Fastest women’s marathon
The marathon run by Paula Radcliffe in 2003 was nothing short of ground-breaking. The British athlete set one of the most amazing world records in running history when she completed the London Marathon in a time of 2:15:25. Her time was so fast, it even qualified her for the men’s World Championships. Since her remarkable achievement, no other female runner has come within two minutes of her time and Radcliffe remains the fastest women’s marathon runner ever.
607 consecutive marathons
Training for one marathon takes an enormous amount of dedication and commitment, which makes Ricardo Abad Martinez’s running feat all the more impressive. He ran an astounding 607 marathons in as many days between October 2010 and May 2012. On top of all of this, the Spanish ultra runner continued to work eight hour shifts at a factory throughout his endeavour and during all of this, still managed to achieve a PB of 2:46.
Most distance travelled on a treadmill in a week
If you’re a runner who finds training on a treadmill boring and repetitive, spare a thought for Sharon Gayter, who set the world record in 2012 for the furthest distance covered on a treadmill in one week. She ran 18 hours every day, racking up a total of 517.3 miles (which equates to over 19 marathons) all on a treadmill at Teeside University in the UK, under the watchful eye of the University’s Sports Science department.
Most vertical feet run in a day
In 2011, a team of 11 runners spent a full day running up and down Croagh Patrick, a 2,472 foot (753.5 meters) mountain in Ireland. Each runner made 12 ascents and descents up the mountain, adding up to a total of 59,337 feet (18086 meters) of vertical running. Keep this record in mind next time you approach a hill during one of your long runs, it might just get you through it.
Fastest juggling triathlon
Juggling is a difficult skill to master while standing with two feet on the ground, so imagine how hard it would be to complete a triathlon while juggling. In 2012, Joe Salter did exactly that, juggling three balls for the entire length of the triathlon, all without dropping one. Amazingly, he even finished the triathlon in 1:57. While this technically isn't solely a world record for running, Salter’s accomplishment was too good for us not to include on this list.
While this is one world record in running that has since been surpassed, Roger Bannister’s four minute mile will forever be remembered as a landmark event. Before the British runner completed the mile, medical and running experts agreed that the human body was not capable of running a mile in four minutes. This was until Roger Bannister proved them all wrong in 1954 and ran the mile in 3:59.4, cementing his name forever in running history.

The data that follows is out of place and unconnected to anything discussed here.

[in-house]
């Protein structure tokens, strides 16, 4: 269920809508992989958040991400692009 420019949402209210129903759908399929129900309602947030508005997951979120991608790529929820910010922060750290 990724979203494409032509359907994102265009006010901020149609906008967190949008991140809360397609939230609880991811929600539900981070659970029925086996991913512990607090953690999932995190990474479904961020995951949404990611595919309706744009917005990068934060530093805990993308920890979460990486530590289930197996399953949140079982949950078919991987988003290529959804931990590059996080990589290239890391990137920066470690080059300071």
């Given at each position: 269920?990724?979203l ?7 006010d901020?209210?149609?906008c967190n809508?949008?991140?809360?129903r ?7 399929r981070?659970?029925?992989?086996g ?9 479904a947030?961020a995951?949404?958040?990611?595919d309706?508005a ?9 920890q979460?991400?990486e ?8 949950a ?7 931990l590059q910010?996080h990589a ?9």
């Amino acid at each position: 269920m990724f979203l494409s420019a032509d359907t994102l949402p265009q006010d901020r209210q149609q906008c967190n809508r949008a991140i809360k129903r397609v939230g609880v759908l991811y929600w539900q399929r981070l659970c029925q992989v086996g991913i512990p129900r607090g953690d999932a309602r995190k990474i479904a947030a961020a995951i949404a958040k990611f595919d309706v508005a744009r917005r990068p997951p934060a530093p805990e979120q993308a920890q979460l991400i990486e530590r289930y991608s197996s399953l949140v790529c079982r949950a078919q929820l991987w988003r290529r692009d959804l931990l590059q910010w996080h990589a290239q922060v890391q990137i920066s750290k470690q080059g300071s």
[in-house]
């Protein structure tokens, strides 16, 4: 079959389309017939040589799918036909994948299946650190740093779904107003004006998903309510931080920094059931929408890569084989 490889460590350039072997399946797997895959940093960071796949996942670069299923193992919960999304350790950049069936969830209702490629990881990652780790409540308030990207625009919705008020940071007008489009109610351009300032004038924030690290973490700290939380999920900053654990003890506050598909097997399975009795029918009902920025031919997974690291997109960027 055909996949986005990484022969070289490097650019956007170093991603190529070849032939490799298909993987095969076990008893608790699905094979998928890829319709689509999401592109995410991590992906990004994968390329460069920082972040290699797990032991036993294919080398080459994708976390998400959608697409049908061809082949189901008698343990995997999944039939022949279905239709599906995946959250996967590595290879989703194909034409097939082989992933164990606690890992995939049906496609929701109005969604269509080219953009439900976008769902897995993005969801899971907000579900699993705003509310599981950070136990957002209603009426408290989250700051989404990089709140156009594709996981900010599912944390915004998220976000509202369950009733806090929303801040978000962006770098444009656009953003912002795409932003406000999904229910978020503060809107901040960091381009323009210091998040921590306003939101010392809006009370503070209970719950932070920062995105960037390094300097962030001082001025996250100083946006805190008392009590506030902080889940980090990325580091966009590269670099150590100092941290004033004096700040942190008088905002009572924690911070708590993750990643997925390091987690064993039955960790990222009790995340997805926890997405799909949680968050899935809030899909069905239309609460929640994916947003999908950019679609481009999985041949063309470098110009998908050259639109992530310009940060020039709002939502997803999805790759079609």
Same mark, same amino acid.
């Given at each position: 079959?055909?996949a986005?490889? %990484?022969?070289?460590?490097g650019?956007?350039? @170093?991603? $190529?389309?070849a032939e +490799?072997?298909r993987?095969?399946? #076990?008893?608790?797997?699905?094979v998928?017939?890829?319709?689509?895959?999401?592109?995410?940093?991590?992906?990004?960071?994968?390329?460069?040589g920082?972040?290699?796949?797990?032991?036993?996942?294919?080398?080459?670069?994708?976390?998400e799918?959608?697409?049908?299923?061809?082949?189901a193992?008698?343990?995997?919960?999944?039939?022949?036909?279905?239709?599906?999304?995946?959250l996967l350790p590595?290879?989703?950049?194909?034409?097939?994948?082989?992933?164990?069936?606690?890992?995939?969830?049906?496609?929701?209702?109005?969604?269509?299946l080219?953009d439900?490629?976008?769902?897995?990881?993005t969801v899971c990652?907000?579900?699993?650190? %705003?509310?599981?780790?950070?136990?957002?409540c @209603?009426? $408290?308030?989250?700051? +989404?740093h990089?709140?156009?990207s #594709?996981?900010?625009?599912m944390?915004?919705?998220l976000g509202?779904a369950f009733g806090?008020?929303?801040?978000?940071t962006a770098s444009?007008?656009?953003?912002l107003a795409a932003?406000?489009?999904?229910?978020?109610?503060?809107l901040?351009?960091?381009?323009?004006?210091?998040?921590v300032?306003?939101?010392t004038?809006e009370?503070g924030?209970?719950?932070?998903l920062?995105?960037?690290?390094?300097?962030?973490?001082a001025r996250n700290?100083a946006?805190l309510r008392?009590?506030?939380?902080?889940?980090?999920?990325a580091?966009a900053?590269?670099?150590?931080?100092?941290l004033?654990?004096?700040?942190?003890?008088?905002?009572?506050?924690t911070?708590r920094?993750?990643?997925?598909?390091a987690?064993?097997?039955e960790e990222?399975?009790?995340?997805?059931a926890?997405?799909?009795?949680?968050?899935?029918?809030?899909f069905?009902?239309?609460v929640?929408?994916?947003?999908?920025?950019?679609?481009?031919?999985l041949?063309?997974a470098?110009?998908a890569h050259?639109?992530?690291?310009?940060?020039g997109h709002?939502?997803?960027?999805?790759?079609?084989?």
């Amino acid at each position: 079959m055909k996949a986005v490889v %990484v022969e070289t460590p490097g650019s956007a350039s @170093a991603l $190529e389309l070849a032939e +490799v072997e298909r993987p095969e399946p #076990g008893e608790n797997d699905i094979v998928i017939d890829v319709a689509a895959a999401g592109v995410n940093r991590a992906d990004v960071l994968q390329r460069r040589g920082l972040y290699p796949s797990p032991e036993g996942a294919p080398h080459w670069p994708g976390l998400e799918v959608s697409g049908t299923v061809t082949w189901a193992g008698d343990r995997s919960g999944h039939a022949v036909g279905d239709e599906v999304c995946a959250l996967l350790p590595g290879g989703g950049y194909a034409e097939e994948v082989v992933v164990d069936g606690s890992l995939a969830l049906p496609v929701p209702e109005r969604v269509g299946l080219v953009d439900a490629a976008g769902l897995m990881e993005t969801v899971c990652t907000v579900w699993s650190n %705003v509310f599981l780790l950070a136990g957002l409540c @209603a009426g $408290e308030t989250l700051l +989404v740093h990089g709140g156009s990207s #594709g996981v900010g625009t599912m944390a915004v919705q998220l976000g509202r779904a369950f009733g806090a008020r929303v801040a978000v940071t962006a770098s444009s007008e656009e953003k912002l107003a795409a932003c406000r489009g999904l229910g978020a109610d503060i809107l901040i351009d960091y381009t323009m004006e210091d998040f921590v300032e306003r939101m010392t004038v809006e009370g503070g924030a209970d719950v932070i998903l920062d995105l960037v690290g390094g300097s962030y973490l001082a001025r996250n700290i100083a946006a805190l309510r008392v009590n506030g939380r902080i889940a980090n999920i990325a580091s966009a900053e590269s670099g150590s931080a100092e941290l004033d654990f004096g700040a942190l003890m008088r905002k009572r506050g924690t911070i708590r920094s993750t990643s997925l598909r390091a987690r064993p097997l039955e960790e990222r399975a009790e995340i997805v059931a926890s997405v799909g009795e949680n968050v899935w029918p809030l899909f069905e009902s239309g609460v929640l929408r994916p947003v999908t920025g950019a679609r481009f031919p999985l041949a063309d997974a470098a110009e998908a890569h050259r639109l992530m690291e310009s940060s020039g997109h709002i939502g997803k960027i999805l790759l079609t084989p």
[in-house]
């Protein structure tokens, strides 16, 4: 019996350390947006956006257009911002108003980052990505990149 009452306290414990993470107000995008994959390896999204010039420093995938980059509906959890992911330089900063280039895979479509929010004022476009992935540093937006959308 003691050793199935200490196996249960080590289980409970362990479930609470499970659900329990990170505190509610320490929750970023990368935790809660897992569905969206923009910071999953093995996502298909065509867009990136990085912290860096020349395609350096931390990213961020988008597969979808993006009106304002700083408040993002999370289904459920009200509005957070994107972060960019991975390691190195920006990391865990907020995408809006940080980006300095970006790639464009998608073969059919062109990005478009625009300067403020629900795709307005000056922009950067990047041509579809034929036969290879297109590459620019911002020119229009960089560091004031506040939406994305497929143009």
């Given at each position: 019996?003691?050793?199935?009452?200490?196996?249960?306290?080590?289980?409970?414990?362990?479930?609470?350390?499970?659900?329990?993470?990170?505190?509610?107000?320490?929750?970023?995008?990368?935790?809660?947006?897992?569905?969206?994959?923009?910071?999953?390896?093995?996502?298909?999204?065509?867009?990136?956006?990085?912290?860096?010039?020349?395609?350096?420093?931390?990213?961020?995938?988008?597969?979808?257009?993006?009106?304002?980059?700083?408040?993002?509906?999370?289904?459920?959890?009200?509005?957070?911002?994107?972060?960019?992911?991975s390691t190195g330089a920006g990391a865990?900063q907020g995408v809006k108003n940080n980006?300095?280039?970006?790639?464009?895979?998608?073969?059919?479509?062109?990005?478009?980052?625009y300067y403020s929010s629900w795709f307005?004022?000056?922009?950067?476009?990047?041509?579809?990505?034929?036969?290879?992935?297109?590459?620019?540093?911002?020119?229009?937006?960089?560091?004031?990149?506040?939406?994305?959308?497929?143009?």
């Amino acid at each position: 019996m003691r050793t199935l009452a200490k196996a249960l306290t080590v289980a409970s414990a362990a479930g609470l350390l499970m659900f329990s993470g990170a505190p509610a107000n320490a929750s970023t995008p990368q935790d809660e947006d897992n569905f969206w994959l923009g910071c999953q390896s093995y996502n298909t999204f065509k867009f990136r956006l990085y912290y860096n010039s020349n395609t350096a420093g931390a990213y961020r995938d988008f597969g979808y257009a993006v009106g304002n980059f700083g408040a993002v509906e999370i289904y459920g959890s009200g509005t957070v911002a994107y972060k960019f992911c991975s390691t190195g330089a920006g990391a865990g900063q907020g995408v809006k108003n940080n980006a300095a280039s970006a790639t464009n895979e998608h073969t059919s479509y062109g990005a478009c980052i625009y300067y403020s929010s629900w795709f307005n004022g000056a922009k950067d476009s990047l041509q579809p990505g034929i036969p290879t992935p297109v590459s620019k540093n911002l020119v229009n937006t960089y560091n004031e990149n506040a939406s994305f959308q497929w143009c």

Fastest mile in swim fins
Following on from Roger Bannister’s historic four minute mile, in 2010, Ashrita Furman put his own spin on running the same distance, setting the record for the fastest mile run in swim fins. He made his way around the track in a speedy 7 minutes, 56 seconds, which makes this mile run record all the more impressive when you consider that his feet were more than twice their usual length.
The fastest man in the world rightly deserves a place on this list of running world records. At the 2009 World Championships, Bolt took the athletics world by storm when he ran the 100m in an astonishingly fast 9.58 seconds. During that race, the Jamaican sprinter reached peak speed of 27.44 mph. Bolt secured his place in the running history books at the 2016 Olympics, winning three gold medals in the 100m, 200m and 4x100m races - taking his overall Olympic gold medal count to eight.
Tallest costume worn in a marathon
With the tens of thousands of people taking part in the Virgin Money London Marathon each year, it can sometimes be difficult to pick out individual runners, but David Lawrenson’s costume in 2012 made him a little easier to spot among the crowds. Lawrenson set the record for the tallest costume worn in a marathon when he dressed up as a replica Blackpool Tower. The tower costume weighed 17.5kg and was 24 foot (7.976m) high - so high in fact, that he had to crawl across the finish line.
Fastest run from Land’s End to John O’Groats
There are 850 miles between Land’s End and John O’Groats, a distance that equates to over 32 marathons. In 2001, Andi Rivett covered the distance in an impressive nine days and two hours - taking the world record for the fastest run between the two ends of the UK in the process. To finish in this time, Rivett had to run an average of 18 hours each day, covering the distance of nearly four marathons.
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